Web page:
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Explained: In SECC urban BPL calculation, room to include more ‘poor’

All poor across the 1-12 spectrum add up to 28.43% of the urban population.

Urban poor, SECC, BPL, Census, Social Economic and Caste Census, Poverty Census, SEC data, Explained, Nation news, india news Of the 63 million households surveyed in 4,041 cities and towns, the panel’s BPL definition entitles 22 mn (about 110 mn people) to benefits of welfare schemes.

Almost 35% of urban households live below the poverty line (BPL), according to data from the first Social Economic and Caste Census (SECC). An analysis of the numbers and methodology, however, shows that up to 56% of households could qualify to be included in the broader category of ‘urban poor’.

Details of urban SECC data have not been released yet. The Indian Express reported several findings on July 17. The data has been tabulated on the basis of criteria laid down by the S R Hashim committee appointed by the erstwhile Planning Commission of India.

Absence of data on urban India has meant that target groups for several urban poverty alleviation programmes have often been chosen arbitrarily or on considerations of political patronage. As the focus moves to targeted subsidies and DBT, reliable urban SECC figures are becoming increasingly critical.

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The Hashim Method

To estimate the urban BPL population, the panel followed a three-step process.

First, it identified criteria that would automatically exclude certain households: pucca house with four or more rooms; either a car, AC or computer with Internet connection; or any three among a landline phone, washing machine, fridge and two-wheeler.

Next was a process of automatic inclusion — those facing certain residential, social or occupational vulnerabilities, such as being homeless or living in informal housing; households with no able-bodied persons or adults; or groups like beggars, ragpickers or sanitation workers.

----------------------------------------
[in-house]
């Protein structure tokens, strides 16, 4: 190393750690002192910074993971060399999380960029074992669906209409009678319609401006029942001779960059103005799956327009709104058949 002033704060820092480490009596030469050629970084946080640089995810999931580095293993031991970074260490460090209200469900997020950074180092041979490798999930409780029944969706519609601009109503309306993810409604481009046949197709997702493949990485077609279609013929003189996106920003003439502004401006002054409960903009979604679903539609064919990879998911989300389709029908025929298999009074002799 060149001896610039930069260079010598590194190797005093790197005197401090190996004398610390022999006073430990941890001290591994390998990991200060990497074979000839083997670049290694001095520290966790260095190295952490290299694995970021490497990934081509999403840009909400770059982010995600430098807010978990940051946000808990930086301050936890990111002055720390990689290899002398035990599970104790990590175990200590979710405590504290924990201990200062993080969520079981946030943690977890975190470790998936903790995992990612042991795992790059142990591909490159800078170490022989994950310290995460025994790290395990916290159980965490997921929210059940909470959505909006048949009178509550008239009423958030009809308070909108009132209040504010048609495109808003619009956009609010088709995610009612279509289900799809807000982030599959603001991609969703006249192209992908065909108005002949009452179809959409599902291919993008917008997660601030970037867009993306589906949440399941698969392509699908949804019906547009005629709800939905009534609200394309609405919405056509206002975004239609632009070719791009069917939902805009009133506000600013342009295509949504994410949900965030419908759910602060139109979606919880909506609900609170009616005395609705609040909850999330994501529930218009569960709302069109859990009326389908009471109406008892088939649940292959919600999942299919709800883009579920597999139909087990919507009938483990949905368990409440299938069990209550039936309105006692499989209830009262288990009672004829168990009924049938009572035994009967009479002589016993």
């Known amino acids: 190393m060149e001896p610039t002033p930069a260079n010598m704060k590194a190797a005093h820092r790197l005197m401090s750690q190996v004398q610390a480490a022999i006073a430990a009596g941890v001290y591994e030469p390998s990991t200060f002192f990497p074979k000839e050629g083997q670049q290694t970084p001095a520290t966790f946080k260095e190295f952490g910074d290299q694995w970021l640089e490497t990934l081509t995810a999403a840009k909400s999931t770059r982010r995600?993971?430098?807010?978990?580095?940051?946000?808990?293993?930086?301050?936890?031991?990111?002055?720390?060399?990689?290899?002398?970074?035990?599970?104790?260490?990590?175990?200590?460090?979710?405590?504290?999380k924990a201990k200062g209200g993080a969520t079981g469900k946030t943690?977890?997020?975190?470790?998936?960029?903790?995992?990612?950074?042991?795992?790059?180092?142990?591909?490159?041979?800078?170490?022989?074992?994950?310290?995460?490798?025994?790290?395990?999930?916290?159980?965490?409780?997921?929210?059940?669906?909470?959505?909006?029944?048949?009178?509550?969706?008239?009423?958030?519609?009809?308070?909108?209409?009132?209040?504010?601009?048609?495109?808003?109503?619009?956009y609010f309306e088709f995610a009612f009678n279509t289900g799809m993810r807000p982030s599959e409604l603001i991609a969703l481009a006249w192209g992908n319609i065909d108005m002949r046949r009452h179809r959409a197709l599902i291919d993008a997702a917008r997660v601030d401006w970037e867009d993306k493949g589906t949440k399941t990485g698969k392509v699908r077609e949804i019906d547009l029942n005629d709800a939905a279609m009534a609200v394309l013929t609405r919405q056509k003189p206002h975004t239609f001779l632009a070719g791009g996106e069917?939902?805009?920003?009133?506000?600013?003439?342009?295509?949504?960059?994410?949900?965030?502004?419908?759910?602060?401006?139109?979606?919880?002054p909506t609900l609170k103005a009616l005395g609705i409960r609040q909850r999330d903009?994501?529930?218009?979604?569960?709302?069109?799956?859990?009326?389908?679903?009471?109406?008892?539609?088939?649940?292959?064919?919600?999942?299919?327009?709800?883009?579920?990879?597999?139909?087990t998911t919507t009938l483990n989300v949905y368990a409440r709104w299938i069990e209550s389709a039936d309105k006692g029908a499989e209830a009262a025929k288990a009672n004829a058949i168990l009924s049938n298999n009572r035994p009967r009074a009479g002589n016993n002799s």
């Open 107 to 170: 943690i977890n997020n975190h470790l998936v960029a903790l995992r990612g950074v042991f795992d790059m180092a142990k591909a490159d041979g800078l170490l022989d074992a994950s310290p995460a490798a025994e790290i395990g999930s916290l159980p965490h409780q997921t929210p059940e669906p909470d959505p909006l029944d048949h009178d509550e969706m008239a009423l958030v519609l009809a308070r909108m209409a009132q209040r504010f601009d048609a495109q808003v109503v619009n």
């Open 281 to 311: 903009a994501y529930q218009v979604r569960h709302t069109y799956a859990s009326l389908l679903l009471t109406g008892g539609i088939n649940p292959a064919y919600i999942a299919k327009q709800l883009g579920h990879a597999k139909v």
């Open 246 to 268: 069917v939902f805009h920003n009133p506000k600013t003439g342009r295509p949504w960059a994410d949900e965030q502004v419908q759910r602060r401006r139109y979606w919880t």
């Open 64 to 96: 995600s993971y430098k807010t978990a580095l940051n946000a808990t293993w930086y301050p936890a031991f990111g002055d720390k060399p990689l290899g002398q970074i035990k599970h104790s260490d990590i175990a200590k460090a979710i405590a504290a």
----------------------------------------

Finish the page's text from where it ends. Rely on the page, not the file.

As per SECC, these ‘automatic inclusions’ in the BPL category make up 27.65% of urban households.

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Finally came households who could be neither automatically included nor automatically excluded, and this section was graded on a scale of 0-12, with 12 being the most vulnerable, closest to automatic inclusion. Zero excluded the household from the poverty list.

To arrive at its BPL figure, the panel added to the automatically-included (27.65%) those households that scored between 4 and 12 on the deprivation index. They were 7.31% of households, taking the BPL figure to 34.96%.

To identify beneficiaries of welfare schemes, the panel said, governments could choose a cut-off score on the deprivation index and, depending on the availability of resources, eventually expand coverage to all urban poor in the 1-12 bracket.

A Bigger Umbrella

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All poor across the 1-12 spectrum add up to 28.43% of the urban population. Doing away with BPL, and extending entitlements meant for the ‘poor’ to anyone facing one or more kinds of deprivation, would take the proportion of ‘urban poor’ to 56% (27.65%+28.43%).

Of the 63 million households surveyed in 4,041 cities and towns, the panel’s BPL definition entitles 22 mn (about 110 mn people) to benefits of welfare schemes. Including all urban poor would take the number to 35.53 mn households, or 177 mn individuals.

From BPL to all ‘Poor’

As per the SECC, Northeastern states have the highest proportion of BPL households, with Manipur, Mizoram, Tripura, Nagaland, Meghalaya and Assam in the 10 Poorest list and Arunachal Pradesh at No. 13. Rajasthan, Odisha, Bihar and Chhattisgarh are the other four in the Top 10 poor list.

The other list, of states with the lowest proportion of BPL households, is topped by Goa, and includes other small states/UTs like Dadra & Nagar Haveli, Delhi, Andaman & Nicobar Islands and Daman & Diu. Maharashtra, the only large state on this list, is at No. 5.

Both lists, and rankings, however, change sharply when the BPL line is discarded and all urban poor are counted. While the proportion of poor continues to be relatively low in Goa and Delhi, more than 50% urban households in Maharashtra qualify. In Manipur, Nagaland and Tripura, the proportion goes up to more than 75% of the total.

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Economist Amitabh Kundu said the government “should not feel embarrassed to recognise that 56% need to be targeted”. It could start with the bottom 35% and move gradually up, he said. Harsh Mander, a member of the Hashim panel and of National Advisory Council (NAC) said that 56% should be considered as the urban poverty benchmark, rather than the 35% BPL figure that could underestimate the extent of poverty.

First published on: 27-07-2015 at 02:26 IST
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